Nearly 60 events planned across nation; learn more and register online
When the regular season draws to a close with the annual game against Lehigh, Lafayette fans aren’t exactly shy about expressing their pride in Leopard football. A run of three straight victories has added fuel to Lafayette’s fire in college football’s most-played rivalry.
Alumni and other supporters of the two schools will again gather at telecast parties across the country to watch the action when the teams clash Saturday, Nov. 17. The parties are set for noon Eastern Time, a half-hour before kickoff.
Kimberly-Ann Valliere ’01 has coordinated the telecast party in Washington, D.C., for the past handful of years.
“I enjoy hosting the event as it brings together alumni that span the generations,” she says. “Whether it’s a recent grad or a former football player from the ’50s, the event is always full of energy. Despite the fact that many participants have long since graduated, the Lafayette-Lehigh rivalry is still alive, and the participants aren’t afraid to show where their allegiance lies!”
Mary Smedley Donohue ’89 is hosting the telecast party in Sarasota, Fla., for a second year.
“The Lafayette-Lehigh game was always something special that brought us all together at school, so I thought it would be fun to see it bring us together again as alumni. I enjoy seeing the various different years interacting and cheering on our alma mater. We also have Lehigh join us and it’s fun to have the competition on hand.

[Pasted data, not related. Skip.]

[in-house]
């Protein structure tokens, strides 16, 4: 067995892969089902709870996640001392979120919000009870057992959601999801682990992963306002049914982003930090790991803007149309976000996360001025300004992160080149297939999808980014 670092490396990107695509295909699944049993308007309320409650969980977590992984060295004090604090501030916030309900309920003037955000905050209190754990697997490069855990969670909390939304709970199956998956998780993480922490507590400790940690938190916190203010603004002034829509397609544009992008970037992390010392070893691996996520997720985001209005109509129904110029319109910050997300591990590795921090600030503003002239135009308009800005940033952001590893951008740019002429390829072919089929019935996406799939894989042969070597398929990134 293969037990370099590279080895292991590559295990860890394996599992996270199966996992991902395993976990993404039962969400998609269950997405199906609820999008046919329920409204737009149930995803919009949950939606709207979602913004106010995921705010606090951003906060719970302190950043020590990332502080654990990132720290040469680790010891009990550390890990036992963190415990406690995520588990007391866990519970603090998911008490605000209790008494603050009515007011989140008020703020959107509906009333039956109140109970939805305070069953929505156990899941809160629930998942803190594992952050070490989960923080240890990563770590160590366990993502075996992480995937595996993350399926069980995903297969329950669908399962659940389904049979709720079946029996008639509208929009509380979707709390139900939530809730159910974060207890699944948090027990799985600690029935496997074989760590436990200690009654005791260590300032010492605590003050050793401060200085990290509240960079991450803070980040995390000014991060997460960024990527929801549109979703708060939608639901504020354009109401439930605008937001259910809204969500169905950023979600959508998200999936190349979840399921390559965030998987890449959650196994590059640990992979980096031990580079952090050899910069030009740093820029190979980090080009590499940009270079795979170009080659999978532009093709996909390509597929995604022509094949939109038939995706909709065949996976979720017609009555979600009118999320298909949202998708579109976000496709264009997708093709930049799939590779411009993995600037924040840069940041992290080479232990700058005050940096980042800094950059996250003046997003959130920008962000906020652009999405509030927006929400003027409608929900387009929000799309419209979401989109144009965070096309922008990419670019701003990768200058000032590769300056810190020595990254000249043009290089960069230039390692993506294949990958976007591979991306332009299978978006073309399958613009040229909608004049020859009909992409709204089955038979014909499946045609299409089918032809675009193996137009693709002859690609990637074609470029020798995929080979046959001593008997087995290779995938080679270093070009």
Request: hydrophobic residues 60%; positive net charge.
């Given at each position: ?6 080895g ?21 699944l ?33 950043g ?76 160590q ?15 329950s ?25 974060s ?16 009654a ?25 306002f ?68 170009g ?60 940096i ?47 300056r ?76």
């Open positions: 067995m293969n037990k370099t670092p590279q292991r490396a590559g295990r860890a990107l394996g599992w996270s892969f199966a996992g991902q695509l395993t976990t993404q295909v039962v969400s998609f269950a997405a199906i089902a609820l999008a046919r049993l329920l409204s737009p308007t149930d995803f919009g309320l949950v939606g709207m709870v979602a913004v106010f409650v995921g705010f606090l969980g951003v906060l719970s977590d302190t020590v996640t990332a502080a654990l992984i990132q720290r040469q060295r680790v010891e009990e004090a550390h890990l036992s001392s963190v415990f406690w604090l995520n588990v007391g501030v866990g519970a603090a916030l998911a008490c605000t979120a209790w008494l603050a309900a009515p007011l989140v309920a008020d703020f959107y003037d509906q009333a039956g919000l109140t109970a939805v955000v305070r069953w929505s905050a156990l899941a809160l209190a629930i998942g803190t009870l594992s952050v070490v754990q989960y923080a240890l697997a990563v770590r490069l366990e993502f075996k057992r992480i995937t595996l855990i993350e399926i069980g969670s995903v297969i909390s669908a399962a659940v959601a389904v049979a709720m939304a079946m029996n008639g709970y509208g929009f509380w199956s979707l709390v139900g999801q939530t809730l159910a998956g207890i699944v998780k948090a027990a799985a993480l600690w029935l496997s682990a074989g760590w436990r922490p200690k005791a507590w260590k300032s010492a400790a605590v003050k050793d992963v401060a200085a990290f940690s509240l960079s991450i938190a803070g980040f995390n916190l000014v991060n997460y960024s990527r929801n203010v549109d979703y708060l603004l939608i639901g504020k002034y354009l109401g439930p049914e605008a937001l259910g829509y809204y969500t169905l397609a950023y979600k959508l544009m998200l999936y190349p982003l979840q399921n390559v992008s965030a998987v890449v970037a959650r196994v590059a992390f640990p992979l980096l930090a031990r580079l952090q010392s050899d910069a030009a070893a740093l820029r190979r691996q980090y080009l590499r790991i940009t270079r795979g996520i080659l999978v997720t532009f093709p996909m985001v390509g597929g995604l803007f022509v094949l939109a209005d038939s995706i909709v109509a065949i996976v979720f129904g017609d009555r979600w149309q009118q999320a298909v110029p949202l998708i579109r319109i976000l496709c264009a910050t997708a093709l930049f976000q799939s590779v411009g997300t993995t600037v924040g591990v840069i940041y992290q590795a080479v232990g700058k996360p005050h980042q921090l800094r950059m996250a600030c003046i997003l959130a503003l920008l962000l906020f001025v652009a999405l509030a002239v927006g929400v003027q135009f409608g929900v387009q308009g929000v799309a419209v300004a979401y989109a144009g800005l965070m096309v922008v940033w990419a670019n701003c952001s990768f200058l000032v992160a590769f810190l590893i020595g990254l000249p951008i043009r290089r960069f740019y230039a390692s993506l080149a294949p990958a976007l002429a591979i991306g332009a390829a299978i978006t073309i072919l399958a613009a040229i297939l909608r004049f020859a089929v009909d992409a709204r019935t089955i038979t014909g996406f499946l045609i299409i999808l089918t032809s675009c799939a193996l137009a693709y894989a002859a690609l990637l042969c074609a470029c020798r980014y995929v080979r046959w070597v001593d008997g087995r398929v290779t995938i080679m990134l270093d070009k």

“Personally, my years at Lafayette were a great time in my life and I still have very good friends from my days there. It’s nice to be with other alumni who enjoyed the experience too.”
Gordon Laird ’49 has had “a lot of fun” while hosting telecast parties in Houston for at least 15 years.
“We have a good relationship with the Lehigh guys and have gotten to know them,” he says. “It’s a lot of fun with the banter back and forth. The last three years they’ve been crying [at Lehigh losses], so I hope that continues.”
Laird expects that momentum from last month’s Houston event with President Dan Weiss – attended by more than 70 people – will carry over to attendance at the telecast party.
“We should support the team and the school; the College is doing so well,” he says.
Laird recalls a telecast party in the 1970s hosted by a Lehigh alumnus who had a satellite dish at his home. It failed to work that day, so he called campus every 30 minutes to get score updates and relay them to those assembled.